Tuesday, April 28, 2009

For Culture Vultures in Fingal

The Skerries Traditional Music Weekend will take place from 15 to 17 May 2009. This is a very good weekend in Skerries with lots of musical events in pubs, clubs, and other venues.The weekend will include music sessions, workshops, dancing and general craic. So come along for a really good time in this lovely Fingal seaside town.

Also ramping up its summer programme is the Seamus Ennis Cultural Centre in Naul. This renowned venue has an excellent programme of events, including the Bluegrass Patriots, Mick Hanly, Kieran Gos and many more.

Away From It All In Virginia

Virginia Park Hotel
Virginia Park Hotel

My wife and I spent a lovely relaxing weekend staying at the Virginia Park Hotel in Co. Cavan. The hotel is in the small town of Virginia and is less than 90 minutes from our home in north Dublin.

We arrived early on Friday evening and were immediately impressed by the beautiful grounds, which are situated on the shores of Lough Ramor. The hotel is a restored 18th century manor house, originally owned by the Marquis of Headfort, a member of the Taylor family. This family also owned Ardgillan Castle, overlooking Skerries Bay in Fingal, north Dublin.

The hotel itself is pleasingly “old world” and I loved the creaky floors; magnificent high-ceilinged rooms; interesting paintings, sculpture and furniture; narrow warren-like corridors, and quaint bedrooms. Our room had a beautiful view overlooking the lawn, Virginia Golf Club and Lough Ramor. The bedroom, although small, was very comfortable and really warm. The bathroom was very well appointed and had a fantastic shower.

Bective Court
Bective Court

We ate in the Marquis dining room on Friday night and our meal was delicious. The wife had pork fillet while I went for the lamb shank. Both were very well prepared, although I probably would not have chosen the tomato dressing with the lamb in hindsight. On Saturday, we just ate in the bar and that was very nice too. Breakfast was as expected – we both went for the “full Irish.”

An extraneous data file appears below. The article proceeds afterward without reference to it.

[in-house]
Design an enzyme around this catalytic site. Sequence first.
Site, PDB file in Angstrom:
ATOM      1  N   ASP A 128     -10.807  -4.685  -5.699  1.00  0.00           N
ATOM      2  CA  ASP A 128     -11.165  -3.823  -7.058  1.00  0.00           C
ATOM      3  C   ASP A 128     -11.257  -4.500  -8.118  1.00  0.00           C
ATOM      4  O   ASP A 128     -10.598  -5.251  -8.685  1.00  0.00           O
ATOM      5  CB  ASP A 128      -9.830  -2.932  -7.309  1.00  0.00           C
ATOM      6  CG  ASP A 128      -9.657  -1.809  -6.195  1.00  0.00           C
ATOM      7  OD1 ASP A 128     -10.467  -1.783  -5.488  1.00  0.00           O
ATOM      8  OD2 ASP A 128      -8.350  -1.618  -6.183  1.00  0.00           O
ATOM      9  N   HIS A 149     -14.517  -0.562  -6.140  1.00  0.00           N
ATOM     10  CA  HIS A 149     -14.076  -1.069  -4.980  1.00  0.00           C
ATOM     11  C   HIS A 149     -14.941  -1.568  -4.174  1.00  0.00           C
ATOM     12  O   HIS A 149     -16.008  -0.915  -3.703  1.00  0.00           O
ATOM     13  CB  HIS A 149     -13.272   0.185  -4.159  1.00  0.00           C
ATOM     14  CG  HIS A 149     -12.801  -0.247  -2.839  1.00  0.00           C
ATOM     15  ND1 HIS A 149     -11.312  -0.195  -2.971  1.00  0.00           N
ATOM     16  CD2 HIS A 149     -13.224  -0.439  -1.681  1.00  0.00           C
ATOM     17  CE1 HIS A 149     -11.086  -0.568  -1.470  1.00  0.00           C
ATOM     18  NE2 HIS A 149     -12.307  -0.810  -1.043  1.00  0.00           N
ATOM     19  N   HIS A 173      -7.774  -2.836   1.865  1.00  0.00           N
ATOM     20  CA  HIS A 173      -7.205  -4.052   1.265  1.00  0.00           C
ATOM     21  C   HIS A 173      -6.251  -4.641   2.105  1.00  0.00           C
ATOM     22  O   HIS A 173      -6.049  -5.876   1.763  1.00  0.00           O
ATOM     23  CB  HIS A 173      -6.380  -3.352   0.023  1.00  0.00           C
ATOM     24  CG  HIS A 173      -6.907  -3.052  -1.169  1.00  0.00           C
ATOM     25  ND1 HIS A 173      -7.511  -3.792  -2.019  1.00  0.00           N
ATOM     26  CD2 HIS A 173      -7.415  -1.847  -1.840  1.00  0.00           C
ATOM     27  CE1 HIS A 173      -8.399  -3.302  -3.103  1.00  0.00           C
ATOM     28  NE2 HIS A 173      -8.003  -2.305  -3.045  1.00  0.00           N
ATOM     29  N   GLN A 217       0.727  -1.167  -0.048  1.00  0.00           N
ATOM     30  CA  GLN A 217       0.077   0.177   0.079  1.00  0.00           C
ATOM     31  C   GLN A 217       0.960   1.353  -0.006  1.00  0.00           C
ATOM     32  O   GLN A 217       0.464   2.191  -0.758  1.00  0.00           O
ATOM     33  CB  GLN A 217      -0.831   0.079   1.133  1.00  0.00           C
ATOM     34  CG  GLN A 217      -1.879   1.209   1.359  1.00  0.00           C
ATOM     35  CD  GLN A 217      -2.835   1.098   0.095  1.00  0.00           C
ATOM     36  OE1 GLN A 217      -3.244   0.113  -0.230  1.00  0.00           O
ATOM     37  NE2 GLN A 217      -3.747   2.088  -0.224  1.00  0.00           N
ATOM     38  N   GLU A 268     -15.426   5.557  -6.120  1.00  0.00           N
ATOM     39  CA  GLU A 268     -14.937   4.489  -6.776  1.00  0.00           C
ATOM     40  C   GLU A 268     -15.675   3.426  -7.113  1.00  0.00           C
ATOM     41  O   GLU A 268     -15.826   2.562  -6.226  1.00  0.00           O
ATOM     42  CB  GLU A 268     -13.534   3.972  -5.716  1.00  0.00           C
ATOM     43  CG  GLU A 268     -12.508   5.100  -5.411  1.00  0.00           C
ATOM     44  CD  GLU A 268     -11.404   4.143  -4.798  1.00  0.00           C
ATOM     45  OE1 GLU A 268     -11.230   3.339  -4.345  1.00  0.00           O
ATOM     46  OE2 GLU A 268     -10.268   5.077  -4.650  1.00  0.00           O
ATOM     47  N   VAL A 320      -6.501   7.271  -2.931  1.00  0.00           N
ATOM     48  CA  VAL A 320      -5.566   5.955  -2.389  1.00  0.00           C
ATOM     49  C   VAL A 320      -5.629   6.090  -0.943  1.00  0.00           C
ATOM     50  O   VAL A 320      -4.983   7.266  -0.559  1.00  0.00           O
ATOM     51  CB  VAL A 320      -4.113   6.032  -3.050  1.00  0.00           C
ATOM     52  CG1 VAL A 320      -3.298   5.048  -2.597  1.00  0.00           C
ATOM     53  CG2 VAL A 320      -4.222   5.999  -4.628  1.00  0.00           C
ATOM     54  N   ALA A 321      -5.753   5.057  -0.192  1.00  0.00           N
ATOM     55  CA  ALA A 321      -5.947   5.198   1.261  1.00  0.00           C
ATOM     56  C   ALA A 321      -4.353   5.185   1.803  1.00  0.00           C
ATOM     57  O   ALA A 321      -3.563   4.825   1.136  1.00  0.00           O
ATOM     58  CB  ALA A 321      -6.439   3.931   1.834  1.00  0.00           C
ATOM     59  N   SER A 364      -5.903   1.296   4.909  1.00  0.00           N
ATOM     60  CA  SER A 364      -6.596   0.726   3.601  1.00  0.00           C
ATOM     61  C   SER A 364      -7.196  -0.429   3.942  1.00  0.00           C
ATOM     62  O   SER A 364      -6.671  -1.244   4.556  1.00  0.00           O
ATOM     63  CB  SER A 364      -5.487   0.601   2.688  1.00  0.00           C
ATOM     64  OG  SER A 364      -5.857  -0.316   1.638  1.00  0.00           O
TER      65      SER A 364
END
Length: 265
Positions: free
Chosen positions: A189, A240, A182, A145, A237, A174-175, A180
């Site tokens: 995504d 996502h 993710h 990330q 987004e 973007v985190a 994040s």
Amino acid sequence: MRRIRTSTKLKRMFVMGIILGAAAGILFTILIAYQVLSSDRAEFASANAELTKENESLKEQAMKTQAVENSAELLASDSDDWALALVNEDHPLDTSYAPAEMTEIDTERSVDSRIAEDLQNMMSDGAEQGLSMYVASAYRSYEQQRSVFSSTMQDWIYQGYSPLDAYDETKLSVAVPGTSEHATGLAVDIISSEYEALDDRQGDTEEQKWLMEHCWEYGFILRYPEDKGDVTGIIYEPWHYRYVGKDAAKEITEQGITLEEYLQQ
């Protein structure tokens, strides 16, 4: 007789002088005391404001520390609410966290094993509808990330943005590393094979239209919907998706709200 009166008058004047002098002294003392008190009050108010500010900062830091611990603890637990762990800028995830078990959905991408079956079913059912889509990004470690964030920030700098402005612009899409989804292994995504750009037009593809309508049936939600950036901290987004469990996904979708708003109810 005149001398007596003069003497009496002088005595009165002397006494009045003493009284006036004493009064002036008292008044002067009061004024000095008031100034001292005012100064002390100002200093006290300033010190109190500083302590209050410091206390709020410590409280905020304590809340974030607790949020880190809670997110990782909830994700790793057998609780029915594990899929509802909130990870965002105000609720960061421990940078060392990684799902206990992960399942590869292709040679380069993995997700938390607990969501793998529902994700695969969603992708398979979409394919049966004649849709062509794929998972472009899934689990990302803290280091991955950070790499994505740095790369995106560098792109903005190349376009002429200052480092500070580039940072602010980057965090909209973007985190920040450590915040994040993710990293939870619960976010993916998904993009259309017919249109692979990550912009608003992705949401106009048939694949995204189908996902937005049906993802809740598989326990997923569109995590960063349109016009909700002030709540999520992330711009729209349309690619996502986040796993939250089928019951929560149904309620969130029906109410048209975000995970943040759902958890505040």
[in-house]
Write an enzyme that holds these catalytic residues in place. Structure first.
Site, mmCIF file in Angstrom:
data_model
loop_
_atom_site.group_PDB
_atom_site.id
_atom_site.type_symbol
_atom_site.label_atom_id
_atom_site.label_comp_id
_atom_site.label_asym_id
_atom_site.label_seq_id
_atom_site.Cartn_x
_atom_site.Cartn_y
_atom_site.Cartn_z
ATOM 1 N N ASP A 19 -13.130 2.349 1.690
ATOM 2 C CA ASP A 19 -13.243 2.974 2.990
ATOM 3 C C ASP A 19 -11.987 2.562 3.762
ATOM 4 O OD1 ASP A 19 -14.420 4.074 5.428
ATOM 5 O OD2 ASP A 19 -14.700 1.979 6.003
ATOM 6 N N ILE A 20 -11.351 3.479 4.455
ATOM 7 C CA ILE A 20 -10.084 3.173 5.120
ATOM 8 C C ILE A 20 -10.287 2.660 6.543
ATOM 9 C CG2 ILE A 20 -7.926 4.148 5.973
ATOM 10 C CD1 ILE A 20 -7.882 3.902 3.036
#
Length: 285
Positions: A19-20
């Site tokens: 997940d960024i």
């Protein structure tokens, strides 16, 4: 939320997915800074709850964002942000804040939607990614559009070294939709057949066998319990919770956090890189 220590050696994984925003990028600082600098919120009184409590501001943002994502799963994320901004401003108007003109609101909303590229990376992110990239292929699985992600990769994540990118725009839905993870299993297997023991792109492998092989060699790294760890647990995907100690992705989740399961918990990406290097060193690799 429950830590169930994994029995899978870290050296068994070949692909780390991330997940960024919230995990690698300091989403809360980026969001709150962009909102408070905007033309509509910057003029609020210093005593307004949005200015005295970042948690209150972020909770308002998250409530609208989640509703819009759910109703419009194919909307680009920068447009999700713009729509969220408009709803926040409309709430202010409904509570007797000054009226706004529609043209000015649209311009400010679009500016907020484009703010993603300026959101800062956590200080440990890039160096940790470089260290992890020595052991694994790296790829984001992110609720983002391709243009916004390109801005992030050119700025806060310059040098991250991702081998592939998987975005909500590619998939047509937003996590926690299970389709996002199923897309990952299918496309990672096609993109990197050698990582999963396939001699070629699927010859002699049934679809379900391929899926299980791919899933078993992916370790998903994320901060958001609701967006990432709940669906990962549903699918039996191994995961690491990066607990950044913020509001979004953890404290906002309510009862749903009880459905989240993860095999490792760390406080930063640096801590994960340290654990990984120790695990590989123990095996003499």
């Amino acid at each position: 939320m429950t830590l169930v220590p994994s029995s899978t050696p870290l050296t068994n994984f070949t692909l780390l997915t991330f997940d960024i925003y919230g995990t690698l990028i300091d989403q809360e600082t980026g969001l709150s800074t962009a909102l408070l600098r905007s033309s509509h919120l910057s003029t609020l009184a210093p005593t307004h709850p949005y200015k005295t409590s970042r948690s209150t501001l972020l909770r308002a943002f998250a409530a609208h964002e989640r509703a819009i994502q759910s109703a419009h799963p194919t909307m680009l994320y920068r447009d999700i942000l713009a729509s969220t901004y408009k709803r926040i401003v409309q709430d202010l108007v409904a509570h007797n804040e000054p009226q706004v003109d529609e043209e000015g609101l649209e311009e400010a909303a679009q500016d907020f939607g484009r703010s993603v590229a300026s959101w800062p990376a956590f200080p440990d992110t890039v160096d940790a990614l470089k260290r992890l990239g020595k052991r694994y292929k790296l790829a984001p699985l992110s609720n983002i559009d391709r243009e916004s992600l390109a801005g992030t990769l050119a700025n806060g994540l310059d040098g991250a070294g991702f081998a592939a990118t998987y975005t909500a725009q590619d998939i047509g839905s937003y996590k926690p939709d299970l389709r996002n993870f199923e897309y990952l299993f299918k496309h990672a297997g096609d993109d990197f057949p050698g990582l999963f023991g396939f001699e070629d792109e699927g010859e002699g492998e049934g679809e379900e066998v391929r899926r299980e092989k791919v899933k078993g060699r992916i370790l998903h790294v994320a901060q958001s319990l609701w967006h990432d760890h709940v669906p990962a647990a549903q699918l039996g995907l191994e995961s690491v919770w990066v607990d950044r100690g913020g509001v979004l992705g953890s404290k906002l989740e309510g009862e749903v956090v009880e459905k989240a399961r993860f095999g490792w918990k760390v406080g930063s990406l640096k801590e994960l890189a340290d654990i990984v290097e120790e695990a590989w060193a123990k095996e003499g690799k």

The staff were very friendly and efficient and we enjoyed talking to the barman, Terry, each evening. He had a very quick, dry wit and entertained us greatly.

Although the weather was not great, we had a lovely relaxing time and managed to avoid most of the rain. We enjoyed pleasant walks along the shore of the lake and in the beautiful wood, which was carpeted with masses of bluebells. It was a delight.

Carpet of bluebells in Ramor Forest
Carpet of bluebells in Ramor Forest

We were interested to learn that the hotel is owned by Baltimore International College and is the Irish Campus for their School of Culinary Arts. They send students over to Virginia to learn the culinary arts and we had the pleasure of meeting some of them during our stay.

Although not far from Dublin, this is a lovely place to escape to and we will definitely return.

Thursday, April 23, 2009

Revenue Commissioners Say Tax Evasion Becoming An Issue